How Fingerprinting Came to Be a Crime-Solving Tool

BALTIMORE SUN

Poor old Henry Faulds. In 1880, he had a great idea, but no one would pay attention, even after he published it in a scientific journal.

With plenty of evidence to support him, Faulds believed that by making an inked impression of people's fingertips, you could establish proof of their identity, a biological name tag that was virtually indestructible.

Half a century later, with his health failing and the roof of his house in danger of collapse, the dying Faulds still could find no one who would listen, although scientists and detectives around the world had long since begun using fingerprints for identification.

This slight of his contributions left him obscure and embittered, while his onetime rival, the credit-stealing Francis Galton, had not only made it into the history books but also had been knighted for his service to science.

Faulds' story--offering him full credit at last--is recounted in the new book "Fingerprints," the latest example of a growing genre of nonfiction for which there doesn't yet seem to be a name. Part history and part science, yet driven by personalities, they are books with the feel of a National Geographic special scripted by Oprah.

In other words, it's all about relationships.

"I've been calling them slice-of-history books, but it really is a mini-genre," says Colin Beavan, 37, the first-time author of "Fingerprints."

"I was never a history buff in school, because at the time a lot of the books we read were very dry. A lot of facts and analysis but not many interesting characters. It's the sugar that helps the history go down."

In this case, instead of Scott and Amundsen racing for the South Pole, or clockmaker John Harrison tinkering his way toward the secrets of Longitude, or the Professor and the Madman working to create the Oxford English Dictionary, we get Henry Faulds and Francis Galton, rival pioneers of what would become forensic science.

They were born into an era of the British Empire in which virtually every kind of criminal, from the pickpocket to the serial killer, got the same punishment--a hanging. With little or no chance to become a repeat offender, there wasn't much need to establish a criminal's correct identity.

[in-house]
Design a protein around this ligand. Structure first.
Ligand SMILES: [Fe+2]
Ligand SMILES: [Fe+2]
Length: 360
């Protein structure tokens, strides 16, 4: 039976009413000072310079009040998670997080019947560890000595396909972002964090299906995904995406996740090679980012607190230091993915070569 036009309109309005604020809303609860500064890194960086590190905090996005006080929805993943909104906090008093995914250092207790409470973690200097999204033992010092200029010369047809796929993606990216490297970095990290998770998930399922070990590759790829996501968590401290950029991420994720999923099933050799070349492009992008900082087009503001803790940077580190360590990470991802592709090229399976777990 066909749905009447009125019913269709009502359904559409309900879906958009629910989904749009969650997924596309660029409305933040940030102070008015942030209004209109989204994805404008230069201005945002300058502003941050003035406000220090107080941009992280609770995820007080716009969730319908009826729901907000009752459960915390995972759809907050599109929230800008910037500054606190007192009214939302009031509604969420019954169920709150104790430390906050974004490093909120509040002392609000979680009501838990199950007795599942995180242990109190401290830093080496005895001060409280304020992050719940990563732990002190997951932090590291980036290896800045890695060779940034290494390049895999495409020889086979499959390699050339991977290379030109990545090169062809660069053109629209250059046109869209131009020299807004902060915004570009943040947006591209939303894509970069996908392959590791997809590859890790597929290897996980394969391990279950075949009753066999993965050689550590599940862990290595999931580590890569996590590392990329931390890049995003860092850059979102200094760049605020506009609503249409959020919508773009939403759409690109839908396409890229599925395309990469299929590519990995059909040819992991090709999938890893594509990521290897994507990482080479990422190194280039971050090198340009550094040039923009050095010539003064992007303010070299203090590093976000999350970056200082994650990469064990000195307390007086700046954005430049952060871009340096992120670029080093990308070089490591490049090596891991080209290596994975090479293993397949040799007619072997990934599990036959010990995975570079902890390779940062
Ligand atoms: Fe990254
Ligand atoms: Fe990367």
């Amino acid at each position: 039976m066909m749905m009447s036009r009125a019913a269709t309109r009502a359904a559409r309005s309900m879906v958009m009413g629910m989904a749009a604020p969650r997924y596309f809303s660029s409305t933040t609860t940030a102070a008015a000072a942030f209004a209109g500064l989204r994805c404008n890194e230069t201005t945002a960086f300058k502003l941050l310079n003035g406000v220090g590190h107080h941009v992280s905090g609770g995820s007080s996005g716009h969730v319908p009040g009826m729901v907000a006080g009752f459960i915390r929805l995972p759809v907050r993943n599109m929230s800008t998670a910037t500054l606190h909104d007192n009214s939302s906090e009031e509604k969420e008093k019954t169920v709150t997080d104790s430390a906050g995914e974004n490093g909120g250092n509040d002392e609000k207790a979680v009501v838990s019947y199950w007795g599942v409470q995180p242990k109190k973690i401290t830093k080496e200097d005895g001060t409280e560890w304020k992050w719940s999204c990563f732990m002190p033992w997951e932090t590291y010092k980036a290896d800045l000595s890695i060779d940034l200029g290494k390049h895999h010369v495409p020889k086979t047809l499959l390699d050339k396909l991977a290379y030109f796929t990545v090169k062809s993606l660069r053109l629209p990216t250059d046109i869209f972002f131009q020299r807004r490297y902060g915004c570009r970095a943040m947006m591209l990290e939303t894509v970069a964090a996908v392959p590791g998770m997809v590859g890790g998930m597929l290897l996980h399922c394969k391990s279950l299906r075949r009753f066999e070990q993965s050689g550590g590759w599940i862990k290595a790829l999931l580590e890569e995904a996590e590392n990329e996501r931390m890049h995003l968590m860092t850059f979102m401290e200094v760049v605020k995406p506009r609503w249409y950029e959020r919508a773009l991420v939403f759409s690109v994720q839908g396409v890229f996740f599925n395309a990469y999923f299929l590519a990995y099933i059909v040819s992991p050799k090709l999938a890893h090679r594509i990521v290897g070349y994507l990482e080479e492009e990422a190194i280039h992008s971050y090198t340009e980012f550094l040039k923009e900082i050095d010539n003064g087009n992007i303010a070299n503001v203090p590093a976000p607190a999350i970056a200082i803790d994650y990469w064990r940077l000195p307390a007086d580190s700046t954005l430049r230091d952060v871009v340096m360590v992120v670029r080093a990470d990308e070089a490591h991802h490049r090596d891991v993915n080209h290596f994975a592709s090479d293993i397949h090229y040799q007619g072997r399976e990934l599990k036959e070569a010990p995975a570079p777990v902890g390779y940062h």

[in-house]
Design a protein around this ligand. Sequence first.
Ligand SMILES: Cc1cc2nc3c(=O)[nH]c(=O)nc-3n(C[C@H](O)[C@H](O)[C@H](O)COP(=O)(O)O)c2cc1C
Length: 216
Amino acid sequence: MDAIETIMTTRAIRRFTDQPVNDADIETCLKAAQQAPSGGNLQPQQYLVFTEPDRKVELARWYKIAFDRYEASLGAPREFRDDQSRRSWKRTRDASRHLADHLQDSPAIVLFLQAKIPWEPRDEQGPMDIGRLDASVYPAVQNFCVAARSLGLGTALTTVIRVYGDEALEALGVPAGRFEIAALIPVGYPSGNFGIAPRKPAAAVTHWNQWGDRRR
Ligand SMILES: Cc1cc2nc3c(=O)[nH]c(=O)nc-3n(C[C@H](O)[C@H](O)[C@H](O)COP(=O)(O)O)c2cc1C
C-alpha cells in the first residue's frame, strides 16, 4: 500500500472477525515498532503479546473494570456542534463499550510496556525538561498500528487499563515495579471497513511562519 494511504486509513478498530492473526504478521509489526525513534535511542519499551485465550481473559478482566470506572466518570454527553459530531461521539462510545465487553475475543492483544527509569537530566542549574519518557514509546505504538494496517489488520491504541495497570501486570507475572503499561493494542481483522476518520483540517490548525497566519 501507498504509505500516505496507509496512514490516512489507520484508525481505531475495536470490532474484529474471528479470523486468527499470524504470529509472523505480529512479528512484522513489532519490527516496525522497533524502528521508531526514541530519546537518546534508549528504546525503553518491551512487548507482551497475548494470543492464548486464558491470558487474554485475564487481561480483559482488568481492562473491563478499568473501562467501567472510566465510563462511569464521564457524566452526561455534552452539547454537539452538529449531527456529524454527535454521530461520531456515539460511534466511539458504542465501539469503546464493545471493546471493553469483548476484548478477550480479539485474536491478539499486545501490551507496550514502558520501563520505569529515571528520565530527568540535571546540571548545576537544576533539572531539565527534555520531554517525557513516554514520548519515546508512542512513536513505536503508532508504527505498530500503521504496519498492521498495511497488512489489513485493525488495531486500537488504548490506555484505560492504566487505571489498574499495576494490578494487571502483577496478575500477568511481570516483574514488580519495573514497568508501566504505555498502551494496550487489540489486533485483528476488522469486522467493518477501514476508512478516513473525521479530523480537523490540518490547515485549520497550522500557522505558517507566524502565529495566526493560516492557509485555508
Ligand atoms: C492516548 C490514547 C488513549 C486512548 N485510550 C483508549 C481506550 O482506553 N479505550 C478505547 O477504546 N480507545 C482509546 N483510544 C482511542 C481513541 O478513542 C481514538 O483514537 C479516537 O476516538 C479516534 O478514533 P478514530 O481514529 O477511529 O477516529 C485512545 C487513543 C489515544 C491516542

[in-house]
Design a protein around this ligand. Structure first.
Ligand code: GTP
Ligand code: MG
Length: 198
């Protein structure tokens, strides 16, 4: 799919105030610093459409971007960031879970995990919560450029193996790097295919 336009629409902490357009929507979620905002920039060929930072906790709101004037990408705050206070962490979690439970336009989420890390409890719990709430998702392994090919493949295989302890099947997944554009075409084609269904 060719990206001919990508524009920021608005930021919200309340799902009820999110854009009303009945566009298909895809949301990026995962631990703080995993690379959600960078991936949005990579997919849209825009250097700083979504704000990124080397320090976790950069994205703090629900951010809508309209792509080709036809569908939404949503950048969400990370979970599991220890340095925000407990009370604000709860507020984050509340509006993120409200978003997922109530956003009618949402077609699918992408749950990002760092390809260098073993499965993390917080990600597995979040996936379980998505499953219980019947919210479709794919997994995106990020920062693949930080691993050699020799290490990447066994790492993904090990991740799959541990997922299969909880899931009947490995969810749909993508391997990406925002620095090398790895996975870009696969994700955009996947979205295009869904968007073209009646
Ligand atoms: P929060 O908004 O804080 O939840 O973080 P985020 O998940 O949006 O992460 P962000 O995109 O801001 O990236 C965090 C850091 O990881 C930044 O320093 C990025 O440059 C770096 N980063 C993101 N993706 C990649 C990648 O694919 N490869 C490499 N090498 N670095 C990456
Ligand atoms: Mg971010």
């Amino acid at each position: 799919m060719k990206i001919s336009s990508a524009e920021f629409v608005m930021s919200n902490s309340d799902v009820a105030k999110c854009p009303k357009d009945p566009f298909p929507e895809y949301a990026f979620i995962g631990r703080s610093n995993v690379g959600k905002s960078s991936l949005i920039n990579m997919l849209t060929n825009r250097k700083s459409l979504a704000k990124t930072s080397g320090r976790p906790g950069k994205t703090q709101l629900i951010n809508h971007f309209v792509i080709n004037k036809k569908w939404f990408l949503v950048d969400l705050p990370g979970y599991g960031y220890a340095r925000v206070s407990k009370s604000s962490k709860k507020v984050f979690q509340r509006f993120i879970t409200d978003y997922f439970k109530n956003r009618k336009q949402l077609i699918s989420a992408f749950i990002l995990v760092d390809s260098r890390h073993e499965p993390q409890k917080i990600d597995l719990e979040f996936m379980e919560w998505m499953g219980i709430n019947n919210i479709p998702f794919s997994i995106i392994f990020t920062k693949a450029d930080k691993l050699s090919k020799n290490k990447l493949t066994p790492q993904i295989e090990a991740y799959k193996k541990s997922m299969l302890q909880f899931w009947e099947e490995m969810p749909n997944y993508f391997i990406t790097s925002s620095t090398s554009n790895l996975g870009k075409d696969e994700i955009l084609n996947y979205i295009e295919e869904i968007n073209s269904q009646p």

That changed with criminal justice reforms in the mid-19th century. Not only were some crimes punished differently, but the first-time offender was also deemed worthy of a shorter sentence. The challenge then was to identify "habitual criminals," which wasn't so easy when they'd use a different name after each arrest.

In earlier years, a village constable might have spotted the lie, but with the advent of the Industrial Revolution, when faceless hordes moved to the cities for jobs in factories, anonymity was the order of the day.

Frenchman Alphonse Bertillon thought he had a solution. Using calipers and measuring tape, he plotted 11 head and body measurements to catalog every criminal.

The odds of all 11 measurements matching up between any two people were astronomical, even the measurements themselves weren't an exact science.

Meanwhile, Faulds was off in Japan. A Scotsman fascinated by the theories of Charles Darwin, yet also a missionary for the Presbyterian Church, Faulds was running a medical clinic in the late 1870s when he first began noticing the distinctive whorls and loops on people's fingers.

He sketched them, examined them, began recording them in wax. Then he started to ink them, collecting full sets by the thousands, concluding not only that no two fingerprints were alike, but also that each remained unchanged from cradle to grave.

He published his results in the scientific journal Nature. Faulds wrote police chiefs around the world with his findings. None answered.